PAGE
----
Although several studies have reported beneficial effects of moderate alcohol consumption on cognitive abilities in later life, the LBC team found that this relationship was partly a result of those people with a higher cognitive ability in childhood choosing to drink moderately in adulthood, and having a preference for wine consumption. Beer consumption was linked with poorer thinking skills in both childhood and later life. Overall, we found that higher alcohol consumption (roughly equivalent to 1-2 glasses of wine per day, but not to excess!) was linked with better memory and verbal ability, although these effects were small.
This was published in Neuropsychology (2011).
Advice: Drinking moderately, especially wine, may have a small protective effect on some cognitive abilities as we age.
The role of diet in cognitive ageing is still unclear. In the LBC1936 to date, we have looked at the effect that antioxidants, B-vitamins and flavonoids, obtained from the diet, have on cognitive abilities in old age. Our data suggest that the observed association between the healthy dietary factors above and better cognitive abilities in old age (as suggested by many previous studies) can be explained by an influence of prior IQ on diet in later life rather than an influence of diet on cognition. However, as the study is on-going, we intend to look more closely in the future at the role of one's diet overall, as well as other specific dietary factors, on brain ageing over time.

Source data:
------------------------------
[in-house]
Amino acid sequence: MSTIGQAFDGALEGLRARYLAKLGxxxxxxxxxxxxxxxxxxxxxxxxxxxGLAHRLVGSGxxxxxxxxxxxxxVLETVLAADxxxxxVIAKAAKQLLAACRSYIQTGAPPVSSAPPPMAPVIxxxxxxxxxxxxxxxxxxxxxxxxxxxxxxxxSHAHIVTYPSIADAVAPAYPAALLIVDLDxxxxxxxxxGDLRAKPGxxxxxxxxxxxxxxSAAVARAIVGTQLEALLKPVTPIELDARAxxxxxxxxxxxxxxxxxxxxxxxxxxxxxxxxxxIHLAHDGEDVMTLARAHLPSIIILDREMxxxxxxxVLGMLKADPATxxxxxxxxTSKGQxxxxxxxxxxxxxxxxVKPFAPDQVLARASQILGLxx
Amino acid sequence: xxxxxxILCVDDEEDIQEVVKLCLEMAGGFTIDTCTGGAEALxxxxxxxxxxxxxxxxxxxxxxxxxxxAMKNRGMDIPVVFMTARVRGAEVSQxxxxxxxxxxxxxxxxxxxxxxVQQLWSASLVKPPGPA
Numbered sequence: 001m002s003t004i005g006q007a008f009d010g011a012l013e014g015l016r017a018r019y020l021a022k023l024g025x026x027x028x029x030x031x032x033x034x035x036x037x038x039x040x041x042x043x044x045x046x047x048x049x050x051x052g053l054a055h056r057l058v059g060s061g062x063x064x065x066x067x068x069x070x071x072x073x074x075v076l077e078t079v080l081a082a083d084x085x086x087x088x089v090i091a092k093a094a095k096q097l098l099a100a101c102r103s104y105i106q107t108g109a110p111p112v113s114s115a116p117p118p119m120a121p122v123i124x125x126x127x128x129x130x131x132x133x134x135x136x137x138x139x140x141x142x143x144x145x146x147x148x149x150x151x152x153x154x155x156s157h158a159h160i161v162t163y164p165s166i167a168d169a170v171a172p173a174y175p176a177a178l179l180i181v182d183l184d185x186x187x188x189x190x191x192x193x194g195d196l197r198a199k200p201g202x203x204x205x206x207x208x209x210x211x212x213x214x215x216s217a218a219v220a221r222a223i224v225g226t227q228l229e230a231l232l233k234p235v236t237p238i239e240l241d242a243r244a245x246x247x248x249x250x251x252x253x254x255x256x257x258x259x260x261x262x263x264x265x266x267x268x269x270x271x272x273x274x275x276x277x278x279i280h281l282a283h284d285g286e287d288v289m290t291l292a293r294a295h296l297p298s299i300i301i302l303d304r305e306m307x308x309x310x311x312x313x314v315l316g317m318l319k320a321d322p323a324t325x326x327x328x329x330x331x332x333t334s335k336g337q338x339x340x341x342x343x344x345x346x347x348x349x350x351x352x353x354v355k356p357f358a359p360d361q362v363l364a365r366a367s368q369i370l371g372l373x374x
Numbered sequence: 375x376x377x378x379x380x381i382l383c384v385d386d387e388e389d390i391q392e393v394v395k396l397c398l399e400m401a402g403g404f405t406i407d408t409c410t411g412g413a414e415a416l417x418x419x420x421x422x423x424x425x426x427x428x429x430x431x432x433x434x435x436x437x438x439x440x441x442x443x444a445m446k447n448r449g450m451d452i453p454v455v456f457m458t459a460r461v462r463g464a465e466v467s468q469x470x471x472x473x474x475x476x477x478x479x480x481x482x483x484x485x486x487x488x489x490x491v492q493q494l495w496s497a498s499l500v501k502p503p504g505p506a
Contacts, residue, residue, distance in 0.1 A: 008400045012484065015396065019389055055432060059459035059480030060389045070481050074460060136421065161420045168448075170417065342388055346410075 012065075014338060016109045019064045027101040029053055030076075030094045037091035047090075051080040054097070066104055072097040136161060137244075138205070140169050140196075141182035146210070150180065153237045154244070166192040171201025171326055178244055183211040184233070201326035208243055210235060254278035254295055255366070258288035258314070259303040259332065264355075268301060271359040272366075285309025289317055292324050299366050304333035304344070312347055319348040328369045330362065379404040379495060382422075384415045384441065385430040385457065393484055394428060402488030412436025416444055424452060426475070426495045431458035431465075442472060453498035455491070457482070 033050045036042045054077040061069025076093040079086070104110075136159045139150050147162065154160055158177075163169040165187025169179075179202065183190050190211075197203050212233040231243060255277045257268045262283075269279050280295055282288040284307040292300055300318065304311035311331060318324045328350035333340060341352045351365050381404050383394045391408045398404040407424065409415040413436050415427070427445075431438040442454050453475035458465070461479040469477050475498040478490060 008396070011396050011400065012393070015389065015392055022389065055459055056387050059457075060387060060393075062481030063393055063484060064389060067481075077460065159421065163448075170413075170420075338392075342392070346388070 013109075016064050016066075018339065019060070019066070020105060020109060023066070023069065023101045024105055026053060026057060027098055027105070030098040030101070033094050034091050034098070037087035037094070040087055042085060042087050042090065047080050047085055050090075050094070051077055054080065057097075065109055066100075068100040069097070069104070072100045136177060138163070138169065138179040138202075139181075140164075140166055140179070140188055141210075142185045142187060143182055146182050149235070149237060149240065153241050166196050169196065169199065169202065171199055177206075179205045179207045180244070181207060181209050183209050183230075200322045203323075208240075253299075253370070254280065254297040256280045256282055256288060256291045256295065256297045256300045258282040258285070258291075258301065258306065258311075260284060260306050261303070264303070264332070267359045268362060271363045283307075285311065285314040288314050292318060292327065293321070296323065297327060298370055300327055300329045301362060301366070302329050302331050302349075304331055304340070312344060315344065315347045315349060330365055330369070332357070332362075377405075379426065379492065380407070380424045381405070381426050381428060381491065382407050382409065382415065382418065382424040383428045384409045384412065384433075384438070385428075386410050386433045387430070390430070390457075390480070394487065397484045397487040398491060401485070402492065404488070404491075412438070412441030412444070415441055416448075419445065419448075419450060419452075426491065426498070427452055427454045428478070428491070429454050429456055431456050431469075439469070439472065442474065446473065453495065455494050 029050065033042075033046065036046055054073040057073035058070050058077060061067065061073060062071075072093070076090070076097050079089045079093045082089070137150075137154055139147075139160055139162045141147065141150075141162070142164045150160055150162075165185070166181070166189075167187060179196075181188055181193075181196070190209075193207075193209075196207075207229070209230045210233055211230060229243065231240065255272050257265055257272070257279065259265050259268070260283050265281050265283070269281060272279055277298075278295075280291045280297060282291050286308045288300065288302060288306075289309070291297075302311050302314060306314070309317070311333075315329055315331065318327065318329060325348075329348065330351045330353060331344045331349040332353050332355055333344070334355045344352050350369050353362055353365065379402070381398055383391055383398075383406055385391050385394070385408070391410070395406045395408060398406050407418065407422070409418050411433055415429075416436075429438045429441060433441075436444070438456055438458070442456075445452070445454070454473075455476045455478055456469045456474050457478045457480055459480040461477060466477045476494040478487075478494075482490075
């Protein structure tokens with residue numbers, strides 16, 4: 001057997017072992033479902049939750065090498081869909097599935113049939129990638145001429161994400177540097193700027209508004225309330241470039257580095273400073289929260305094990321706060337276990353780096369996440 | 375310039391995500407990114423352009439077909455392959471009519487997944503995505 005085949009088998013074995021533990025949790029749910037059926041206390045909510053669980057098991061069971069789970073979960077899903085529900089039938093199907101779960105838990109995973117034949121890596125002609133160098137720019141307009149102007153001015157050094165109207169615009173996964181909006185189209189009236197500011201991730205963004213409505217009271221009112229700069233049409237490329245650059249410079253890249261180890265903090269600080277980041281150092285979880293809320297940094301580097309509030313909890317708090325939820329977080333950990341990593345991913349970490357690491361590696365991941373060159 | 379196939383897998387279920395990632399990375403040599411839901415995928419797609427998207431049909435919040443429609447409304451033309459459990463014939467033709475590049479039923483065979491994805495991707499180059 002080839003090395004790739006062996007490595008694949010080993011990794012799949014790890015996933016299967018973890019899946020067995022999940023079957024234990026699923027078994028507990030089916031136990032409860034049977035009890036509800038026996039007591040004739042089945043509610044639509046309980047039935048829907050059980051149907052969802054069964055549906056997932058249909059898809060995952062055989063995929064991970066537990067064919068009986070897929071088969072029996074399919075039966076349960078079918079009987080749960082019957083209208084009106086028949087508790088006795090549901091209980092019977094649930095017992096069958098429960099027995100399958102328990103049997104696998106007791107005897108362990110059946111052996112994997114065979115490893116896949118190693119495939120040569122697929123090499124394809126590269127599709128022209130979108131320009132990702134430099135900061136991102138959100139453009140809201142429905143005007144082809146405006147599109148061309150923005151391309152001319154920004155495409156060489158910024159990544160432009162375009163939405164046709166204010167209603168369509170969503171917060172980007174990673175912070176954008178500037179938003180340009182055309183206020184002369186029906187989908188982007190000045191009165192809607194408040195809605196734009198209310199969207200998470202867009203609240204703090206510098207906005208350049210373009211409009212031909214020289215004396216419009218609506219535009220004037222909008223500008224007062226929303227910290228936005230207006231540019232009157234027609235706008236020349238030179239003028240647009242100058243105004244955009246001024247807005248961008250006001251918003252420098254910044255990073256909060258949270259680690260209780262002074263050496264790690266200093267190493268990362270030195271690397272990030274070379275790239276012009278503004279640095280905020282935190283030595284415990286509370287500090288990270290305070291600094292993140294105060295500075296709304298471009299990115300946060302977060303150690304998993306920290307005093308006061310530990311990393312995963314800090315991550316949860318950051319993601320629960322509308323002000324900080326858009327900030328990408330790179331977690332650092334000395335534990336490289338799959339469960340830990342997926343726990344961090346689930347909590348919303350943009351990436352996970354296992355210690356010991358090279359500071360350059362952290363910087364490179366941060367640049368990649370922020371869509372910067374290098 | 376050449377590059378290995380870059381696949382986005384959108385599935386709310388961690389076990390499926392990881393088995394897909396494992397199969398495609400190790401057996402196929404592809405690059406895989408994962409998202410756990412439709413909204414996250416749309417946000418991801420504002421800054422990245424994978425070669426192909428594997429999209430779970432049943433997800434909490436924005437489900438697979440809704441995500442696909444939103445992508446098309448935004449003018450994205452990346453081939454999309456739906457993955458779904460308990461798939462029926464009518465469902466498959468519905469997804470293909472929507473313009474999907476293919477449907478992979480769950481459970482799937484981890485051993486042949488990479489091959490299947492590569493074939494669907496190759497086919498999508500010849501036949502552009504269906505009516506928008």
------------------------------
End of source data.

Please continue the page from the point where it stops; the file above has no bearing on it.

These studies were published in the European Journal of Clinical Nutrition (2011) and the British Journal of Nutrition (2011).
Avoiding illnesses including cardiovascular disease can keep the brain thinking better. One thing that might improve cardiovascular health is keeping active. Physical activity protects our thinking and our brains in later life. The benefits of physical activity to physical health are increasingly understood. Research from our team indicates that physical activity appears to protect your brain from several aspects of ageing. In contrast, people who engaged in activities commonly thought to keep the mind active (social and intellectual leisure activities) did not necessarily have better measures of brain structure than people who did fewer of these activities.